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REVIEW: PAN – Finding Never(never go there)land

Over the years, we’ve seen many interpretations of author J.M. Barrie’s character Peter Pan. Though Walt Disney’s animated classic PETER PAN remains the gold standard on the silver screen, other cinematic explorations include P.J. Hogan’s live-action film from 2003 and creative spins on the mythology like Steven Spielberg’s HOOK, Mark Forrester’s FINDING NEVERLAND, and Disney’s THE PIRATE FAIRY. There’s always a clever way to tell the origin story. It’s just too bad director Joe Wright’s PAN doesn’t ever find it.

In the opening, we’re told by the narrator that this is a story we’ve never heard before – but we definitely have. It’s an even lazier version of the cliché-riddled, generic “chosen one” storyline that’s been recycled time and time again. We’re also told this is a story of “friends becoming enemies/ enemies becoming friends” – a line direct from FAMILY GUY and, incidentally, something that doesn’t actually happen in this incarnation. Anyways, a prophecy has declared a boy who can fly will save the world of Neverland from tyranny. That boy would be Peter (Levi Miller), a dyslexic twelve-year-old Londoner who believes his mom (Amanda Seyfried) will one day return to the orphanage where she abandoned him. When his fellow orphans begin disappearing in the middle of the night, our headstrong hero suspects something is wrong. Sure enough, it is! Space pirate Blackbeard (Hugh Jackman) has been kidnapping real world children to work in Neverland’s mines, farming elusive pixie crystals he then grinds into dust and huffs. But he needs more of that booger sugar for immortality. Seriously, he’s like Tony Montana by way of Baz Luhrmann , leading sing-a-longs of “Smells Like Teen Spirit” and “Blitzkrieg Bop.”  Peter hooks up with a Han Solo-esque hustler, James Hook (Garret Hedlund), to break out of Blackbeard’s clutches and traverse jungles inhabited by strange creatures, giant birds, and Tiger Lily (Rooney Mara) and her tribe.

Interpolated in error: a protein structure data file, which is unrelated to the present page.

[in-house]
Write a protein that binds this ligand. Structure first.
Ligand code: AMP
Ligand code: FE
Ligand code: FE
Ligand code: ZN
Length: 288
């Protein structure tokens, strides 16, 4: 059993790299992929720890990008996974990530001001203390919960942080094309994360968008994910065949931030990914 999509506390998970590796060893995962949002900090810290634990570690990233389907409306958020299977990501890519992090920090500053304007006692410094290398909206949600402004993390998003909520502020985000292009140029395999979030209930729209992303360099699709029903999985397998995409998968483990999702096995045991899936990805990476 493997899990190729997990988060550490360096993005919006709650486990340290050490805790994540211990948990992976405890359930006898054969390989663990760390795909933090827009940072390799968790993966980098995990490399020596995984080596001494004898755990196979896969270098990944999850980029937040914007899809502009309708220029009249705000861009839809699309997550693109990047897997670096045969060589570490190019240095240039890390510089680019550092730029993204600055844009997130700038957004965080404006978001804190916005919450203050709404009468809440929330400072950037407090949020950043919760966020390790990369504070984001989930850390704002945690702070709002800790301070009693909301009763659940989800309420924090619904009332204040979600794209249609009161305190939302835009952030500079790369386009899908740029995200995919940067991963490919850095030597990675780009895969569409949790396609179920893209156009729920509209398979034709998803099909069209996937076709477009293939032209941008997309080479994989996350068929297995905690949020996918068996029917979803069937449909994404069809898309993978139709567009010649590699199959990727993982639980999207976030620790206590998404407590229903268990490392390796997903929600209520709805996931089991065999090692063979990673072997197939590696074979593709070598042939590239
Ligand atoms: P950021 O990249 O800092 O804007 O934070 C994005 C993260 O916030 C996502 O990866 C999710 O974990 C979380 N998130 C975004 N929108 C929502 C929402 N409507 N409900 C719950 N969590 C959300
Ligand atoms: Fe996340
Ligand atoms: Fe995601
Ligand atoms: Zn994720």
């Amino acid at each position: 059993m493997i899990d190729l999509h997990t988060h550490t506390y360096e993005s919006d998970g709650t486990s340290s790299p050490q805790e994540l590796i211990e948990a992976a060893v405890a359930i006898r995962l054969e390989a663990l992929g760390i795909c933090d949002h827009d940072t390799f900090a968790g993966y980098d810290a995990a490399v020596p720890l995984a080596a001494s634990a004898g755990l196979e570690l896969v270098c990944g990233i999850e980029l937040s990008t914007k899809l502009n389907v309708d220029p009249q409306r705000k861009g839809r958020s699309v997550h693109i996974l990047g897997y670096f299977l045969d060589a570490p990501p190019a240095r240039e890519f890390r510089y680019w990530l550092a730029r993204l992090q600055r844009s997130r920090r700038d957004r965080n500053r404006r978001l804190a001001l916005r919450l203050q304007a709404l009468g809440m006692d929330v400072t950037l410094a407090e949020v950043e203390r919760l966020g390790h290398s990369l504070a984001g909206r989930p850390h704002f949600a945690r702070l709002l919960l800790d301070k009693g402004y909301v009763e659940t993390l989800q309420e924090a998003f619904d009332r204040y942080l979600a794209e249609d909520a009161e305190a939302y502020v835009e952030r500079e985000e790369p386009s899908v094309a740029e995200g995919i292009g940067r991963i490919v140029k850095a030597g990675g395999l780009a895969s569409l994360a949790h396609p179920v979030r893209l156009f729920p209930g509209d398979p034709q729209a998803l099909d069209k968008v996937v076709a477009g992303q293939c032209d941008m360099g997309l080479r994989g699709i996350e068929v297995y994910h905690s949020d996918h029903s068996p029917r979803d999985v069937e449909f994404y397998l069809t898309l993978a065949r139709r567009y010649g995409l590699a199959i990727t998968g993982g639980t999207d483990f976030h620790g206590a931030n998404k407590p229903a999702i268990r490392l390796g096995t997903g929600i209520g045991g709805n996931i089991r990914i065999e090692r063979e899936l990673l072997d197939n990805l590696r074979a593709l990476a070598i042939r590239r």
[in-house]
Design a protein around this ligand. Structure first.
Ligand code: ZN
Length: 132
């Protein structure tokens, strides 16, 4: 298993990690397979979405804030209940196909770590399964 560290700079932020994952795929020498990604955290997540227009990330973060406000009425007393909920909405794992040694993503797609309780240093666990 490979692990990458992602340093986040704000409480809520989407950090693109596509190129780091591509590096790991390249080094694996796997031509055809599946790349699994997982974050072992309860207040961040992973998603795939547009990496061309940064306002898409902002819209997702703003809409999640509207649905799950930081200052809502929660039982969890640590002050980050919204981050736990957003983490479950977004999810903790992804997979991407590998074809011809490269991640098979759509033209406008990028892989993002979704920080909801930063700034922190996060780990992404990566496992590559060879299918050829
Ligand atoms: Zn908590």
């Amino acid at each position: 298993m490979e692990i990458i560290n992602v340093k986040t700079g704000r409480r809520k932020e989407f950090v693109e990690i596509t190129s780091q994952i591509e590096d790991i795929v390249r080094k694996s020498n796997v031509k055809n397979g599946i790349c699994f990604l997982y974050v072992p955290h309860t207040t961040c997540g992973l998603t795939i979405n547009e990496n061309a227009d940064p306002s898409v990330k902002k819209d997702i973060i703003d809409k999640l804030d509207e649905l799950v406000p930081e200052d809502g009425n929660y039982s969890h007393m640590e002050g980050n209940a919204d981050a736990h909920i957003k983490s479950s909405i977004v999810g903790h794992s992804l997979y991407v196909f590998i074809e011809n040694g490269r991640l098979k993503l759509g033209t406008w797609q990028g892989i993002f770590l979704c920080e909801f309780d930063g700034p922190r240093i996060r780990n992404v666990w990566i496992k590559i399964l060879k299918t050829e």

Aline Bonetto’s practical production design is exquisite. Unfortunately it’s easily dwarfed by noticeably fake computer-rendered backgrounds that make scale and scope seem far less epic. Jacqueline Durran’s costumes do most of the film’s heavy lifting with their beautifully intricate details and period and cultural inspirations. Even in 3-D – which typically can dull edges – the costumes are one of the few things that come to life, feeling like they are the sole source of imagination and fantasy. Everything else pales in comparison. They upstage the film’s weaker ingredients – ostentatious performances, terrible dialogue, rote scenarios.

Hoping to dazzle the audience, no-stakes CGI-heavy action set pieces are accompanied by John Powell’s overbearing score. They act as a one-two punch, brutally beating audiences over the head every twenty minutes or so, jarring us awake from the dull dramatics of Jason Fuchs’ problematic script. There’s also a weird dichotomy that appears mid-way through; Peter Pan is the boy who never grew up, however, here he is forced to grow up, at least emotionally, learning about what happened to his mom and answering his call to action.

While this skews mostly young, dipping into cartoonish territory mostly whenever Sam “Smee” Smiegel (Adeel Akhtar) is around, there’s a lot that may be too dark for younger audiences – yet not dark enough for older ones. Kids walk Blackbeard’s plank, tumbling to their unseen albeit understood deaths below. The memory tree’s animation, while refreshing and tactile, tips slightly too far into scary territory. The romance that brews between Tiger Lily and Hook, seemingly inspired by Han Solo and Princess Leia, never develops into anything other than clunky.

This is a missed opportunity to approach Barrie’s source material with the same wide-eyed optimism, ingenuity and whimsy as his adventurous creation. With a visionary director like Wright giving this project wings, it’s simply shocking it never takes flight. Tangibly missing is a sprinkle of pixie dust to make this adventure soar.

2 out of 5

PAN opens on October 9.


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